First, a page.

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Berkman West Celebration featuring Jonathan Zittrain on "Minds for Sale"

Berkman West Celebration featuring Jonathan Zittrain on "Minds for Sale"

Wednesday, November 18, 6:30 pm
Computer History Museum
1401 N Shoreline Blvd.
Mountain View, CA 94043


The Berkman Center for Internet & Society at Harvard University warmly invites you to attend our third annual celebration of our friends, affiliates and partners on the left coast.

When: Wednesday, November 18, 2009 6:30pm PT
Where: Computer History Museum, Mountain View
What: Talk by Prof. Jonathan Zittrain on "Minds for sale", followed by reception
Who: Anyone and everyone who's interested in the work of the Berkman Center, including all our friends and family in the Bay Area
Why: Because we miss you!

Jonathan Zittrain on "Minds for Sale"

Cloud computing is not just for computing anymore: you can now find as much mindshare as you can afford out in the cloud, too.  A new range of projects is making the application of human brainpower as purchasable and fungible as additional server rackspace. What are some of the issues arising as armies of thinkers are recruited by the thousands and millions?  A fascinating (and non-scare-mongering) view is offered of a future in which nearly any mental act can be bought and sold.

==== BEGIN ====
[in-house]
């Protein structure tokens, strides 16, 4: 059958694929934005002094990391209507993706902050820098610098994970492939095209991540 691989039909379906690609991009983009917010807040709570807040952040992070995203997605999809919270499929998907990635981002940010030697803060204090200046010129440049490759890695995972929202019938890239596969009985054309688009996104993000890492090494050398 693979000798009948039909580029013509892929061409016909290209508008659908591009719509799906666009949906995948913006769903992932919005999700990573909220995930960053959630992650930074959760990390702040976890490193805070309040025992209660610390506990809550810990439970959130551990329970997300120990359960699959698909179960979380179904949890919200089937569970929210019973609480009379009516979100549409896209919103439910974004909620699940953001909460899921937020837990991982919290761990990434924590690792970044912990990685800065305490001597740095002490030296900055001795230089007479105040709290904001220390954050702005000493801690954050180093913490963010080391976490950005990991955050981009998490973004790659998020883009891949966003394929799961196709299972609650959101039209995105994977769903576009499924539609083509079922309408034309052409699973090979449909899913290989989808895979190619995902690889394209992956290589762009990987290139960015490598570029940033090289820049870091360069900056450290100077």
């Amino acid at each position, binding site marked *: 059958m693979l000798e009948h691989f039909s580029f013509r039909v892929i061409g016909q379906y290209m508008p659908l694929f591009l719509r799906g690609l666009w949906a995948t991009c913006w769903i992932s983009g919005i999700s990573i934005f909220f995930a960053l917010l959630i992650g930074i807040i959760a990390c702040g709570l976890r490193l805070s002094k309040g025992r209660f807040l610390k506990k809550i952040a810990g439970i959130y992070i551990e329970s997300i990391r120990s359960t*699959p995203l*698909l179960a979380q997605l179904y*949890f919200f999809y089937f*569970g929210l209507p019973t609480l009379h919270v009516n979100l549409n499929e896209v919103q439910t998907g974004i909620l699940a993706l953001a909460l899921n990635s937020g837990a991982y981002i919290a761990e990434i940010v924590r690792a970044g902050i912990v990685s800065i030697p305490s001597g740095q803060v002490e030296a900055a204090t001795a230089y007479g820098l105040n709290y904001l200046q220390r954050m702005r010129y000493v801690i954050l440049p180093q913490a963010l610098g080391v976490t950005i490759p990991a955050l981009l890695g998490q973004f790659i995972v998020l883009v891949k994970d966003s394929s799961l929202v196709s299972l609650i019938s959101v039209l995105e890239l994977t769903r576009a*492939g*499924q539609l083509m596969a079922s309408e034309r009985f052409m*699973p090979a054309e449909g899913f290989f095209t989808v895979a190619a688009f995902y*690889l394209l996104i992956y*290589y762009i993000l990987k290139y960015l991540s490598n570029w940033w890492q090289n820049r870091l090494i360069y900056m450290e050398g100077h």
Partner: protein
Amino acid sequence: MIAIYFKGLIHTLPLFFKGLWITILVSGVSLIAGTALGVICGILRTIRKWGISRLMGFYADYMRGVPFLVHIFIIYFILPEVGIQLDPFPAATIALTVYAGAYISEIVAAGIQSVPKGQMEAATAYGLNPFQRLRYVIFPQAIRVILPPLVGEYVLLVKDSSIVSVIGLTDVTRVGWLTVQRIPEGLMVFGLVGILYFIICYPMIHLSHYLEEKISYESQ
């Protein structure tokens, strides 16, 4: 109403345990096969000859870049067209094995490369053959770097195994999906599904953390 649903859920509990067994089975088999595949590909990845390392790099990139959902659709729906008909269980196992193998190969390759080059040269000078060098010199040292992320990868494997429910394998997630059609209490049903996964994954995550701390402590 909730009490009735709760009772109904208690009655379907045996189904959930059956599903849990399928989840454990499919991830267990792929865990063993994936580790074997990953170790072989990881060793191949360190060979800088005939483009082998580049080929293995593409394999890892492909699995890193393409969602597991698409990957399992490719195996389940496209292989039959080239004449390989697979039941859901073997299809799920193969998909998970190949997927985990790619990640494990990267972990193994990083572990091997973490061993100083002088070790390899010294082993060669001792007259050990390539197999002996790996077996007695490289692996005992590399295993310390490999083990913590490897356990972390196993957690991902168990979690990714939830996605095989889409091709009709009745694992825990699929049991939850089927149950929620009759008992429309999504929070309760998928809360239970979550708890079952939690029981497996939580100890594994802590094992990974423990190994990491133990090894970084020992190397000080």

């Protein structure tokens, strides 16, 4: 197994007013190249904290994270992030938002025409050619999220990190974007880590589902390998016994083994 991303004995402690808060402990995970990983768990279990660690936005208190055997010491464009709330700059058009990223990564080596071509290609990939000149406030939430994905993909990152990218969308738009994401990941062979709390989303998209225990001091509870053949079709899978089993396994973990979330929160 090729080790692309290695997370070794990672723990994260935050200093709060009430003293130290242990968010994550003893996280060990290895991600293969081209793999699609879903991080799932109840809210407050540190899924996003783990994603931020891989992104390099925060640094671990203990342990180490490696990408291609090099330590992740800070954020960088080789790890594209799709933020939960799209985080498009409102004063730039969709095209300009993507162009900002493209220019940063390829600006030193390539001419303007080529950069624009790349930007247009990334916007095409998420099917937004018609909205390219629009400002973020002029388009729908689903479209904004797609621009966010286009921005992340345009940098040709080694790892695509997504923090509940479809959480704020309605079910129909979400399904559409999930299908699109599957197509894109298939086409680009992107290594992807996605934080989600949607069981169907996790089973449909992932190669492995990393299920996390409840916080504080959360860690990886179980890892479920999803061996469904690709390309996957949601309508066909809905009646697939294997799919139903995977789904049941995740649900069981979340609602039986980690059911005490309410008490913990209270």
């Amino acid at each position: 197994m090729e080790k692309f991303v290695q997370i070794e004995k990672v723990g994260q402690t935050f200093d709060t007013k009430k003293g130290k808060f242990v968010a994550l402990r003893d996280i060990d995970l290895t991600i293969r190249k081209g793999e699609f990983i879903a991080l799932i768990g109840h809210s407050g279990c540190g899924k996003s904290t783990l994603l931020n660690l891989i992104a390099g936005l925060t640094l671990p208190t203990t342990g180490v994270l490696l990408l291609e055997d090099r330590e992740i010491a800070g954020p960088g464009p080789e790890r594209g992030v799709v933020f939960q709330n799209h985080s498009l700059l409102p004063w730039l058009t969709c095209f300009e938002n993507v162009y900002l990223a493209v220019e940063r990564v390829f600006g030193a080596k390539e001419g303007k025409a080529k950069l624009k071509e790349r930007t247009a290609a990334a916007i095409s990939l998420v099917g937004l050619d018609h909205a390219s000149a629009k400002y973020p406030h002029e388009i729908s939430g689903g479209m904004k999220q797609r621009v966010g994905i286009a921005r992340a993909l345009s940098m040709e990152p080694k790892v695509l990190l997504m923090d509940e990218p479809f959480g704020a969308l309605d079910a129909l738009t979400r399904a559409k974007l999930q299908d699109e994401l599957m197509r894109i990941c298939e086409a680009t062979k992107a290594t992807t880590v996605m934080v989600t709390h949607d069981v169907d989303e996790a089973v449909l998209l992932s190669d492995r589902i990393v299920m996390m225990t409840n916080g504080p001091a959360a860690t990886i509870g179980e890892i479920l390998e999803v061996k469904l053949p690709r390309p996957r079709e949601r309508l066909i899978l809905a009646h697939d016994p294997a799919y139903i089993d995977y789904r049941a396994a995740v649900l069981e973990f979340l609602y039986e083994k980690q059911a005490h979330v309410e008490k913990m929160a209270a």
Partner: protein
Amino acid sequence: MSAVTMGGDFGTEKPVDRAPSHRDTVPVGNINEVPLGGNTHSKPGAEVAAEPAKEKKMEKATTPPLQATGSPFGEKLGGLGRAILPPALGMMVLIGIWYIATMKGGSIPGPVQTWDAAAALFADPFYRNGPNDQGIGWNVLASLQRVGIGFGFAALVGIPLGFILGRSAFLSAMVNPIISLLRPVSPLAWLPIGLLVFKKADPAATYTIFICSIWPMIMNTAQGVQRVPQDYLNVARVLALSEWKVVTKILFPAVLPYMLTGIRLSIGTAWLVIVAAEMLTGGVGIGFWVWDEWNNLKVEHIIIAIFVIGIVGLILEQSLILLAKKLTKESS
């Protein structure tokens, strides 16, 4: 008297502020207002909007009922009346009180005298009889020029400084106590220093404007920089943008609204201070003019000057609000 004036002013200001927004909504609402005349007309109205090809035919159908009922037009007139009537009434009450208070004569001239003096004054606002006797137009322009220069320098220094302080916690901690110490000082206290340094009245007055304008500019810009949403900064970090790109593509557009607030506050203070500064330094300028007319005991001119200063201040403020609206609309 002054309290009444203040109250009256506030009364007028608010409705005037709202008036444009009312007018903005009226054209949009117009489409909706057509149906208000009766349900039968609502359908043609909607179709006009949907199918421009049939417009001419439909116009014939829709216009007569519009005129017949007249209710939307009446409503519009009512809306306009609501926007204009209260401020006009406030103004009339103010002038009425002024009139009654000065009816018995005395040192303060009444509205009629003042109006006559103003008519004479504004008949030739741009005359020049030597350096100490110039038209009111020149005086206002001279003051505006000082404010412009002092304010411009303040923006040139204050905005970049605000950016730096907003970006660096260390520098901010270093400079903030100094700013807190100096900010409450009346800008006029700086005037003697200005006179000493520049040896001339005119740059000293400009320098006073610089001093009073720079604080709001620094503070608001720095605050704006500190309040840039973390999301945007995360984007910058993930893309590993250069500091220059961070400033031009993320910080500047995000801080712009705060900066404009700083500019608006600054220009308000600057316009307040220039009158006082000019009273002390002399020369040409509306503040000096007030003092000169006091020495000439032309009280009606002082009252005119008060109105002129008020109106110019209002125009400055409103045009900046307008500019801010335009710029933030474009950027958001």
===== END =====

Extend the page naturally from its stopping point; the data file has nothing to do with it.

About Jonathan Zittrain

Jonathan Zittrain is a Professor of Law at Harvard Law School, a co-founder of the Berkman Center for Internet & Society and served as its first executive director from 1997-2000. He is a visiting Professor at Stanford Law School during the Fall 2009 semester.

About the Berkman Center

The Berkman Center was founded to explore cyberspace, share in its study, and help pioneer its development. We represent a network of faculty, students, fellows, entrepreneurs, lawyers, and virtual architects working to identify and engage with the challenges and opportunities of cyberspace.


Download media from this event here.

Past Event
Nov 18, 2009
6:30 PM - 8:00 PM

Events 01

Apr 27, 2010 @ 12:30 PM

Human Computation

Luis von Ahn, Carnegie Mellon University

This talk is about harnessing human time and energy to address problems that computers cannot yet solve.